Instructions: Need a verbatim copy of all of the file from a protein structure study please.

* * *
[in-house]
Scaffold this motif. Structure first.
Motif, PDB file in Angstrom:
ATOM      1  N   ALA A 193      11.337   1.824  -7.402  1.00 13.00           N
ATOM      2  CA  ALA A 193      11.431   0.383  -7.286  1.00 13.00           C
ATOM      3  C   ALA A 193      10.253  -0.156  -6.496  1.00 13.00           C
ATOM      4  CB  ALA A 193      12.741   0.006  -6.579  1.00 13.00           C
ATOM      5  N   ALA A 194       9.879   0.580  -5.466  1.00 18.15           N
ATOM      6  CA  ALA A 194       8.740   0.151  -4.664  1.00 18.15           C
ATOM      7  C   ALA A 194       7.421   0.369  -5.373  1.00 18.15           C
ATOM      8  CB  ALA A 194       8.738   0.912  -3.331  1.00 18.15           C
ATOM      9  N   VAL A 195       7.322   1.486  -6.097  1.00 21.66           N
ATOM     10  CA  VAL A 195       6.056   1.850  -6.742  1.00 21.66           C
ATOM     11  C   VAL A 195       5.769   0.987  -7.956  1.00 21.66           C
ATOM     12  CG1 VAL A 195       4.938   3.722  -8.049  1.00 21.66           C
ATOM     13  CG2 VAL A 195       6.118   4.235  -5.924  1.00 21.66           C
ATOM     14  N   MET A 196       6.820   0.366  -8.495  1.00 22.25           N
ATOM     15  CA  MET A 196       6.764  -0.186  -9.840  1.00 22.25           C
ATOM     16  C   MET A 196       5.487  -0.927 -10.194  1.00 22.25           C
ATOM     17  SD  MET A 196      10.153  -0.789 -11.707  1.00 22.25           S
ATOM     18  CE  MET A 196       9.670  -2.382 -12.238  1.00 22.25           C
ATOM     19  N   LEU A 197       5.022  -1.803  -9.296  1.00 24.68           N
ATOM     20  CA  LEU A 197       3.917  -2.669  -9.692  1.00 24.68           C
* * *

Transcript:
[in-house]
Scaffold this motif. Structure first.
Motif, PDB file in Angstrom:
ATOM      1  N   ALA A 193      11.337   1.824  -7.402  1.00 13.00           N
ATOM      2  CA  ALA A 193      11.431   0.383  -7.286  1.00 13.00           C
ATOM      3  C   ALA A 193      10.253  -0.156  -6.496  1.00 13.00           C
ATOM      4  CB  ALA A 193      12.741   0.006  -6.579  1.00 13.00           C
ATOM      5  N   ALA A 194       9.879   0.580  -5.466  1.00 18.15           N
ATOM      6  CA  ALA A 194       8.740   0.151  -4.664  1.00 18.15           C
ATOM      7  C   ALA A 194       7.421   0.369  -5.373  1.00 18.15           C
ATOM      8  CB  ALA A 194       8.738   0.912  -3.331  1.00 18.15           C
ATOM      9  N   VAL A 195       7.322   1.486  -6.097  1.00 21.66           N
ATOM     10  CA  VAL A 195       6.056   1.850  -6.742  1.00 21.66           C
ATOM     11  C   VAL A 195       5.769   0.987  -7.956  1.00 21.66           C
ATOM     12  CG1 VAL A 195       4.938   3.722  -8.049  1.00 21.66           C
ATOM     13  CG2 VAL A 195       6.118   4.235  -5.924  1.00 21.66           C
ATOM     14  N   MET A 196       6.820   0.366  -8.495  1.00 22.25           N
ATOM     15  CA  MET A 196       6.764  -0.186  -9.840  1.00 22.25           C
ATOM     16  C   MET A 196       5.487  -0.927 -10.194  1.00 22.25           C
ATOM     17  SD  MET A 196      10.153  -0.789 -11.707  1.00 22.25           S
ATOM     18  CE  MET A 196       9.670  -2.382 -12.238  1.00 22.25           C
ATOM     19  N   LEU A 197       5.022  -1.803  -9.296  1.00 24.68           N
ATOM     20  CA  LEU A 197       3.917  -2.669  -9.692  1.00 24.68           C